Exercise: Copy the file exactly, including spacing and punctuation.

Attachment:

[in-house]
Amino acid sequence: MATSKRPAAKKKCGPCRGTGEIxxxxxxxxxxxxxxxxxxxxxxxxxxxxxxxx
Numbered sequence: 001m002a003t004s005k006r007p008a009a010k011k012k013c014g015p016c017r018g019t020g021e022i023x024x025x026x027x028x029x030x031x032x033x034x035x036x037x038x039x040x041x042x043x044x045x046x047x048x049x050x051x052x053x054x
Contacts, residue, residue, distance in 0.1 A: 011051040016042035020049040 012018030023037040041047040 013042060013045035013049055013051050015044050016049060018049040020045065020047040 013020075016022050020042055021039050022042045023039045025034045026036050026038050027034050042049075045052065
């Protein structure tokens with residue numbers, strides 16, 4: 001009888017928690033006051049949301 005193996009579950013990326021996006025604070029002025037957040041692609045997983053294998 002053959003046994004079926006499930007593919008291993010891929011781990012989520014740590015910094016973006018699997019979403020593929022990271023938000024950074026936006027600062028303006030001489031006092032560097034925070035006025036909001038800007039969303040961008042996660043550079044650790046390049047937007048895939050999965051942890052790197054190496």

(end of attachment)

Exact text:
[in-house]
Amino acid sequence: MATSKRPAAKKKCGPCRGTGEIxxxxxxxxxxxxxxxxxxxxxxxxxxxxxxxx
Numbered sequence: 001m002a003t004s005k006r007p008a009a010k011k012k013c014g015p016c017r018g019t020g021e022i023x024x025x026x027x028x029x030x031x032x033x034x035x036x037x038x039x040x041x042x043x044x045x046x047x048x049x050x051x052x053x054x
Contacts, residue, residue, distance in 0.1 A: 011051040016042035020049040 012018030023037040041047040 013042060013045035013049055013051050015044050016049060018049040020045065020047040 013020075016022050020042055021039050022042045023039045025034045026036050026038050027034050042049075045052065
């Protein structure tokens with residue numbers, strides 16, 4: 001009888017928690033006051049949301 005193996009579950013990326021996006025604070029002025037957040041692609045997983053294998 002053959003046994004079926006499930007593919008291993010891929011781990012989520014740590015910094016973006018699997019979403020593929022990271023938000024950074026936006027600062028303006030001489031006092032560097034925070035006025036909001038800007039969303040961008042996660043550079044650790046390049047937007048895939050999965051942890052790197054190496």